This discussion around driving performance centred mostly around mobile location awareness training.  For example, every smartphone has GPS to track location.  An example of leveraging this would be for field staff who are out of a service call.  Let’s say they are fixing a photocopier.  Wouldn’t it be nice if, once they got close to it, training/help modules automatically were pushed to their mobile device to help them learn what to do.  Or how about in a power station, an employee would need to complete a quick module before they were able to push a button to ensure they know what they are doing.  Interesting examples indeed.  Unfortunately at this point it delved into marketing and how malls are experimenting with this push location tool to engage shoppers.  For example, when you walk into a mall, you can get a message from ‘the Gap” to say that you can get 20% off all of your purchases if you get to the store in the next 60 seconds.
When is it right to say “no” to mobile?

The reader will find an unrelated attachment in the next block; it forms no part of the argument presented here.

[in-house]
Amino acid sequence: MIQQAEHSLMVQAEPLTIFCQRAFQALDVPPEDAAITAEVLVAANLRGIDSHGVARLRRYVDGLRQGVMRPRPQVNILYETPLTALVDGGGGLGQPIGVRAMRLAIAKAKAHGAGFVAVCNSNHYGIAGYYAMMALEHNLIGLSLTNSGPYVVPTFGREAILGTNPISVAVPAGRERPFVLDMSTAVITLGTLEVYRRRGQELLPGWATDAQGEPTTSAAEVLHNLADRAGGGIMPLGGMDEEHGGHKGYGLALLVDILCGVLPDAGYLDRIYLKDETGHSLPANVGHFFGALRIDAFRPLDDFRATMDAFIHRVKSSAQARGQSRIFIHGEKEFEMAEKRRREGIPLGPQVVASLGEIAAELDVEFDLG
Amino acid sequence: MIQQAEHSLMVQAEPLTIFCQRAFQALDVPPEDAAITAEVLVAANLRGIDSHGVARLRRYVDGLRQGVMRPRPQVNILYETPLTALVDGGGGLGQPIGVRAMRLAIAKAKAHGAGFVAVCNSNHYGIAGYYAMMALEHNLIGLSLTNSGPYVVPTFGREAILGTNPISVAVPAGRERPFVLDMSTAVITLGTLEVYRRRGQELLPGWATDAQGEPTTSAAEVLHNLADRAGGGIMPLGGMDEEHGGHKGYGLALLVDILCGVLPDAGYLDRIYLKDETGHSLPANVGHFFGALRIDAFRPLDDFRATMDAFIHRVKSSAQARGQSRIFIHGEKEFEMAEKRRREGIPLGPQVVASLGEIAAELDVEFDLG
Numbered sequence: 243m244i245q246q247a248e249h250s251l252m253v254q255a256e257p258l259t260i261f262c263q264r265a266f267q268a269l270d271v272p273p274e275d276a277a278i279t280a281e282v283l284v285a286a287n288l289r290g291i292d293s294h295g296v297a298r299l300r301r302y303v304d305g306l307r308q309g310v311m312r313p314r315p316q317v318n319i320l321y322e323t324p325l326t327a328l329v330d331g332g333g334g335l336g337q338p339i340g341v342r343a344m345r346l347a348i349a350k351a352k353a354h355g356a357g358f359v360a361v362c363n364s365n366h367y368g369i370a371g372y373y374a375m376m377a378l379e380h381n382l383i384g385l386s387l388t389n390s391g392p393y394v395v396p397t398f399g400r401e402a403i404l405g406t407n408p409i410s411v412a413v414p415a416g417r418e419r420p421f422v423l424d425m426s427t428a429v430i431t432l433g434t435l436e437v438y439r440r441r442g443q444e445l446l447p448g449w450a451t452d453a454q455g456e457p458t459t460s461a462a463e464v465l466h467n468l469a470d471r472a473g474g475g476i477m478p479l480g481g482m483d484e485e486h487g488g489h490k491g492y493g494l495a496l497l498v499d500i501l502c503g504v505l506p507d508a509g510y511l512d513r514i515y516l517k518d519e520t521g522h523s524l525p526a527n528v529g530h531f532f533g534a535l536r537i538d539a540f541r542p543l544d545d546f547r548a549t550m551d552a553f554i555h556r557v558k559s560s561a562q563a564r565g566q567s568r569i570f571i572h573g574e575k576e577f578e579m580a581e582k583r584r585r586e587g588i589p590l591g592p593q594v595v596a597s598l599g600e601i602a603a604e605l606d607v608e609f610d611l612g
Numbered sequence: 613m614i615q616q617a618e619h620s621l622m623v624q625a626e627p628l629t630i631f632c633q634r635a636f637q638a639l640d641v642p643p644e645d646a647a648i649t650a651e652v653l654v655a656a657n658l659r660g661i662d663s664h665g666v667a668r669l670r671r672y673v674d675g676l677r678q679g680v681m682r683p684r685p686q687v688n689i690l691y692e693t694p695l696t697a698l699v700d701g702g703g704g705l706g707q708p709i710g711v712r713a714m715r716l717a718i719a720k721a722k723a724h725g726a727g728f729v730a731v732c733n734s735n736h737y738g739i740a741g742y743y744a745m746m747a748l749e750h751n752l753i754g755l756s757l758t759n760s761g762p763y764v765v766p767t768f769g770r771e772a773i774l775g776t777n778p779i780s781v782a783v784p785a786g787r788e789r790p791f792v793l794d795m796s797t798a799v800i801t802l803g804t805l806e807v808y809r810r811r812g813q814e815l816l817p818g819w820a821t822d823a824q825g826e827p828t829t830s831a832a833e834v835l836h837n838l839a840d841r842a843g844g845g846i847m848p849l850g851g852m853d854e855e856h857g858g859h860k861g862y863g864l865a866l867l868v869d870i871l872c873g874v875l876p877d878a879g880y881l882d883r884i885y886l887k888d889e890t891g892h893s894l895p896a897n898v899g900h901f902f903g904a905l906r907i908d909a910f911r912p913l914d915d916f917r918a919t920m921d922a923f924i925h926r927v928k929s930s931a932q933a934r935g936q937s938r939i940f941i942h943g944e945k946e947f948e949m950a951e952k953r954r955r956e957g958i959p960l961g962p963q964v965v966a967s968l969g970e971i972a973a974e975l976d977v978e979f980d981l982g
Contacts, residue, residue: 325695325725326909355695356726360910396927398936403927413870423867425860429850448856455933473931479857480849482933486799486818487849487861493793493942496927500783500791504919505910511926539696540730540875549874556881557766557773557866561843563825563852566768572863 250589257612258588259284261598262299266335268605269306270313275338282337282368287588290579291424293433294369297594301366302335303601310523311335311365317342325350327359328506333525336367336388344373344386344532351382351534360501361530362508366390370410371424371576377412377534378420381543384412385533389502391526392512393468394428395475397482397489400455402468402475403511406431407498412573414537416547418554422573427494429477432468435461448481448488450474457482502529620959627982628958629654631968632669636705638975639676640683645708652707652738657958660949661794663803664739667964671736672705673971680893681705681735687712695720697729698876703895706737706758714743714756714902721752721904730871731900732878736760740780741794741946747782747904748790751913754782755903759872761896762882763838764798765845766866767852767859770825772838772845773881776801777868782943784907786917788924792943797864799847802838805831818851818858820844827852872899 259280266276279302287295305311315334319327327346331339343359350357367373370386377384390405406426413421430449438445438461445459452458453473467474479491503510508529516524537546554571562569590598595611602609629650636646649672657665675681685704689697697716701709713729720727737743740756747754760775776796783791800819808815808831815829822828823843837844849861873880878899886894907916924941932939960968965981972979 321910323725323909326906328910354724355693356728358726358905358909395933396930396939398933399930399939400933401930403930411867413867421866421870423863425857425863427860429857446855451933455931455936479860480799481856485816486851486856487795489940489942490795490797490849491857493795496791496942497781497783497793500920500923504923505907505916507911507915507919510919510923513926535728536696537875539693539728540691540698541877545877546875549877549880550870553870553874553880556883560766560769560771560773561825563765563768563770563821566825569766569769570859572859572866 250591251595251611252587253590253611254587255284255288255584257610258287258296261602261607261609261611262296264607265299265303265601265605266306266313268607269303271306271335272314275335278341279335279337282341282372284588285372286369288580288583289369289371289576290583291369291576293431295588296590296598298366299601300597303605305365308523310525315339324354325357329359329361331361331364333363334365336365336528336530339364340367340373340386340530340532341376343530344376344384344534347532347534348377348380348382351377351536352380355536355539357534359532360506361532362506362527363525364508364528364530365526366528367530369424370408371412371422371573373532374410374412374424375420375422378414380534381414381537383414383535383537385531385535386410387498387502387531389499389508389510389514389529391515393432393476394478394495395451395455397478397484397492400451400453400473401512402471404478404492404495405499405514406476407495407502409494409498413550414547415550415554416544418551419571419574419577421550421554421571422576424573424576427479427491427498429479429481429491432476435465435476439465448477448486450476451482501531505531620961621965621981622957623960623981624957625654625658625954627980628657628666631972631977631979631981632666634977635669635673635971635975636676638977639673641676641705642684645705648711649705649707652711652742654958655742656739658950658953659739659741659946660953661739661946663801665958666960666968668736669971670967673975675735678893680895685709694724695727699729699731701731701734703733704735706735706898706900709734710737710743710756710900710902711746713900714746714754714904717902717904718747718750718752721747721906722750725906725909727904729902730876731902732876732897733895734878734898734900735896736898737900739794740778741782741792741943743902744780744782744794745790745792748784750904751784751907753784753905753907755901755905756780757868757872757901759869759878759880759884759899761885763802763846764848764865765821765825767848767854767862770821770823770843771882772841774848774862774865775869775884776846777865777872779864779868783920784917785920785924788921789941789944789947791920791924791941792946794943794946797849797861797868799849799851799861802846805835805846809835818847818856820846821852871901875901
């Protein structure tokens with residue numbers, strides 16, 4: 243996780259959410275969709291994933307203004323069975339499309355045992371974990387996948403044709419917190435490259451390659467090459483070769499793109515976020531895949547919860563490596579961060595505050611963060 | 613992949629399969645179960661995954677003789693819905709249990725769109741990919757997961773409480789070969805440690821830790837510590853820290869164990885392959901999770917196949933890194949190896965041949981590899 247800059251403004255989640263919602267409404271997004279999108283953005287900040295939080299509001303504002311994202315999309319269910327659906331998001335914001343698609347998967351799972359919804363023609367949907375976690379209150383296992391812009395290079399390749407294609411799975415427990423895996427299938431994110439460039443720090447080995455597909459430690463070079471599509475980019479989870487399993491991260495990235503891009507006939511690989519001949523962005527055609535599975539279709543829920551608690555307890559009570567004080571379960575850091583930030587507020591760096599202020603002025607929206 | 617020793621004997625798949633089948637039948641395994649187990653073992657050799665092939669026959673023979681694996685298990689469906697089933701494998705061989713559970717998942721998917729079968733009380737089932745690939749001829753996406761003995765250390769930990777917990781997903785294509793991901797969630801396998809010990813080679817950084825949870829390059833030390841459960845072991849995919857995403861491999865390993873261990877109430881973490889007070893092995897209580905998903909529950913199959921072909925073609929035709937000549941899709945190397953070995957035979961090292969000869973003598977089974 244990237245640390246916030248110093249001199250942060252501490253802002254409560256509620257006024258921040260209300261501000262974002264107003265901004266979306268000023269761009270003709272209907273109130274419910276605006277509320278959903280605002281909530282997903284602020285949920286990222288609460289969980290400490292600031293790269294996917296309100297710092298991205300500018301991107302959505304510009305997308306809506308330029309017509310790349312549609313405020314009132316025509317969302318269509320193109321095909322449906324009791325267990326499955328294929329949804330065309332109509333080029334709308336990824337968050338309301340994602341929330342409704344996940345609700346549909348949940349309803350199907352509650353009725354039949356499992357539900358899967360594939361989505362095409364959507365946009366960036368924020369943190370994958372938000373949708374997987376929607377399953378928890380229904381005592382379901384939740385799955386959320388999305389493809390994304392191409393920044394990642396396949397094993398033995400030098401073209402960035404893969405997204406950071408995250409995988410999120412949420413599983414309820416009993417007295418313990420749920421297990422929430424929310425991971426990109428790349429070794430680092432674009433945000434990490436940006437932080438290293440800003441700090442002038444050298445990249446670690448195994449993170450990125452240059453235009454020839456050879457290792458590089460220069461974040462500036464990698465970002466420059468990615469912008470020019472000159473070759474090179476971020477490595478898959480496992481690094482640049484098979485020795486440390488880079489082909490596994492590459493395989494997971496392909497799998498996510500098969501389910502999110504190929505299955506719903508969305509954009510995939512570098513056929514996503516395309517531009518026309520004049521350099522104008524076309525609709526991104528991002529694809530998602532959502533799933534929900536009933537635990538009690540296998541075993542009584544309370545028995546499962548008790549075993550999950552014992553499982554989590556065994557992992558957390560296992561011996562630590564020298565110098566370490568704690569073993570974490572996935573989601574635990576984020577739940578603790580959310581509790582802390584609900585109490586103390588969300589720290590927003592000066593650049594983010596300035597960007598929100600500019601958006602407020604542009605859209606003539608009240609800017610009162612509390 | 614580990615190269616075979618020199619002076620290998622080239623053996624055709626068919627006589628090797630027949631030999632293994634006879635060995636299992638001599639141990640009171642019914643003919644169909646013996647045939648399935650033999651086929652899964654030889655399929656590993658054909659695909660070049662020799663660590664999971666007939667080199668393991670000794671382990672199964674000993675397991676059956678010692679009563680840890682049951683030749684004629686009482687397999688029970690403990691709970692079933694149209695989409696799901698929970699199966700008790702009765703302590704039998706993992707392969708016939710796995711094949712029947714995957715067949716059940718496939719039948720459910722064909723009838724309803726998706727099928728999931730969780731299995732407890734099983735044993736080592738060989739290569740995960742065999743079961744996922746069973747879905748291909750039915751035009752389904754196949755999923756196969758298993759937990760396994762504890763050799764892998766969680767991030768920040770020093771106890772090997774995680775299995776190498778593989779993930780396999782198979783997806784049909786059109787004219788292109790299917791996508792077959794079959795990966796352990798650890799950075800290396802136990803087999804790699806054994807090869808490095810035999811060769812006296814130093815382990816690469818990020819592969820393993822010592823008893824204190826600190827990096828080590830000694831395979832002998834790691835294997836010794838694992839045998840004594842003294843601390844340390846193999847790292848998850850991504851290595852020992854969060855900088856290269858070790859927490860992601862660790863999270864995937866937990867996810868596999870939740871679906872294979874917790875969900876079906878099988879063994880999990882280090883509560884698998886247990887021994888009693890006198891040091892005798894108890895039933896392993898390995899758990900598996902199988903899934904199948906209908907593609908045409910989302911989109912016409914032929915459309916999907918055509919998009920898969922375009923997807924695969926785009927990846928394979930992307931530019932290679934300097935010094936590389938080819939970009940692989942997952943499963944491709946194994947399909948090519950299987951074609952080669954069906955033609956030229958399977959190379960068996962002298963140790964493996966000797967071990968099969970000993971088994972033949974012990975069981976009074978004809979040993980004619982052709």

For those of you “old” learning experts (yeah, I’m talking to you), you will remember years ago the “fad” of moving everything, and I mean everything to elearning.  Although it sounded good, we have come to realize that all training should not be elearning.  And mobile is not different.  So, legacy training and large content modules should not be “picked up and put in mobile”.  Audience, content and value of mobile (vs desktop/classroom) to the user should be take into consideration.  But there is no golden matrix or calculation of when to use mobile or not.  I suppose it really goes back to the needs analysis and really determining what type of training does your audience need to achieve the desired results.

Now, back to that adding machine image I added up top (and to all you young whippersnappers, that is what we called that machine in the picture above).  One of the speakers gave a great analogy on mobile using the adding machine.  They said, take the spool of paper off and pull it out between your hands.  Just imagine publishing a book using this paper.  Your spool of paper would be very, very, very long.  But the spool of paper is about as wide as a phone screen.  So think how much of that spool of paper you could read before getting fed up or your eyes burning.  It is the same thing for your mobile phone.  ** I suppose that is why people post links to article on twitter/facebook rather than links to books.  😉